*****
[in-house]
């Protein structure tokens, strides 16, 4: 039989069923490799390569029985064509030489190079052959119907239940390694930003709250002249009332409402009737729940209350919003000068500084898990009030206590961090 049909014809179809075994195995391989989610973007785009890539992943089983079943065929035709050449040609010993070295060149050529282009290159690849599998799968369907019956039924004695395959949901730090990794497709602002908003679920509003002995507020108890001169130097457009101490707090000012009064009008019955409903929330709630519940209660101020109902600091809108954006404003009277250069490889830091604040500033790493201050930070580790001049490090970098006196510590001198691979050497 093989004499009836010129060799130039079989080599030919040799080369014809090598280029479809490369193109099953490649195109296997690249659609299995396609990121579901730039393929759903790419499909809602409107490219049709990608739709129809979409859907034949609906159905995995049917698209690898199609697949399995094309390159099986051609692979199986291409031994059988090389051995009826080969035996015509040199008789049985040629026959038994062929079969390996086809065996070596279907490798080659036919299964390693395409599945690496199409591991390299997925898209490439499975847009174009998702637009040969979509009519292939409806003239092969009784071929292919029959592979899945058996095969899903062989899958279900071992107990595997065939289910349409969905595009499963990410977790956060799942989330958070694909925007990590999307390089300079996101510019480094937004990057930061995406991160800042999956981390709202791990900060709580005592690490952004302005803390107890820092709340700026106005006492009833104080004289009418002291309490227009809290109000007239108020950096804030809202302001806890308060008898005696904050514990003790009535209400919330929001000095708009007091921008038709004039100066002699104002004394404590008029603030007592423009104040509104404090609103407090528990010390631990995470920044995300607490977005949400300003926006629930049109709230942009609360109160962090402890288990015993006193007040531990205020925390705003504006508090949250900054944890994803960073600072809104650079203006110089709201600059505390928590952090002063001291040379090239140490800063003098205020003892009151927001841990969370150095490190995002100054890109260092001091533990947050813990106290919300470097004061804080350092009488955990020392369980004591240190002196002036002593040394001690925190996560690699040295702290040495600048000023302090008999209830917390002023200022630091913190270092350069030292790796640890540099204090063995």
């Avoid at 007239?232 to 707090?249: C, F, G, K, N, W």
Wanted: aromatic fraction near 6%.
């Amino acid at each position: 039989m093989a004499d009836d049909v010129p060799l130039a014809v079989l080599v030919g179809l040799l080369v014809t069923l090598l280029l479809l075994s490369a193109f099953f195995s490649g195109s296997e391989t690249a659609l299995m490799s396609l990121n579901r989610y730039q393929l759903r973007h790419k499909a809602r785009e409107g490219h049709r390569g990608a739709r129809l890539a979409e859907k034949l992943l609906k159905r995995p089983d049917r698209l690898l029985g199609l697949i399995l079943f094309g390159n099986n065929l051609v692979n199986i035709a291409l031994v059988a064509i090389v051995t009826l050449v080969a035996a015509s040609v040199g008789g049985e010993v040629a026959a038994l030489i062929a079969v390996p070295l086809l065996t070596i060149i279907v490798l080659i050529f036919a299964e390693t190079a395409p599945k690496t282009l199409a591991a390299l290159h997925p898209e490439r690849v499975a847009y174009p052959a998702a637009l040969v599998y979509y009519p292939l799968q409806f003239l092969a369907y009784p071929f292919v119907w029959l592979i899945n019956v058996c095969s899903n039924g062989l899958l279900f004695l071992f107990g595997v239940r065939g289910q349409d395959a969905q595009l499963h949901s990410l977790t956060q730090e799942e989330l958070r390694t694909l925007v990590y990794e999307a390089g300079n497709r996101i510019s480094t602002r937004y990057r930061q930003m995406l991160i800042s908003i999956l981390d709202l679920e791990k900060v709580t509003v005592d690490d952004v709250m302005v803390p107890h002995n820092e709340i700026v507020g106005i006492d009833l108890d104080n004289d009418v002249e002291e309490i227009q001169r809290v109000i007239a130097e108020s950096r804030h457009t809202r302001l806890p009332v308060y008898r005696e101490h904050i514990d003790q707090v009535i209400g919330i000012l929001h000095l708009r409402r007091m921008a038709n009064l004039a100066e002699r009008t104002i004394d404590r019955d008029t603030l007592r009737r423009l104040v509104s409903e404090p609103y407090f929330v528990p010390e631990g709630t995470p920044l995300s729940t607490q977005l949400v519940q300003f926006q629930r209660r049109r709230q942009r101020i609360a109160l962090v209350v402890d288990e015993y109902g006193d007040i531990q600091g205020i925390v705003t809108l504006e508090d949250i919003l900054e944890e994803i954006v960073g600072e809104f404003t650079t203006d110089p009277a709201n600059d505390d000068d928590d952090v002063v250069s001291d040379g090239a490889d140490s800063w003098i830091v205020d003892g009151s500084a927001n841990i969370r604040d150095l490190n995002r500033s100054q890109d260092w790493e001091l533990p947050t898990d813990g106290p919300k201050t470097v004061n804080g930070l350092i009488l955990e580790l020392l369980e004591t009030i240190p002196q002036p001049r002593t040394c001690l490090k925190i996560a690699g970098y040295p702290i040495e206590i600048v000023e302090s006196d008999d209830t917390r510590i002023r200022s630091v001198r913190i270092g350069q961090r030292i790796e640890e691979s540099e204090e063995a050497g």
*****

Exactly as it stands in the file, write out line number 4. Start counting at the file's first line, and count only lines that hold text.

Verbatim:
Wanted: aromatic fraction near 6%.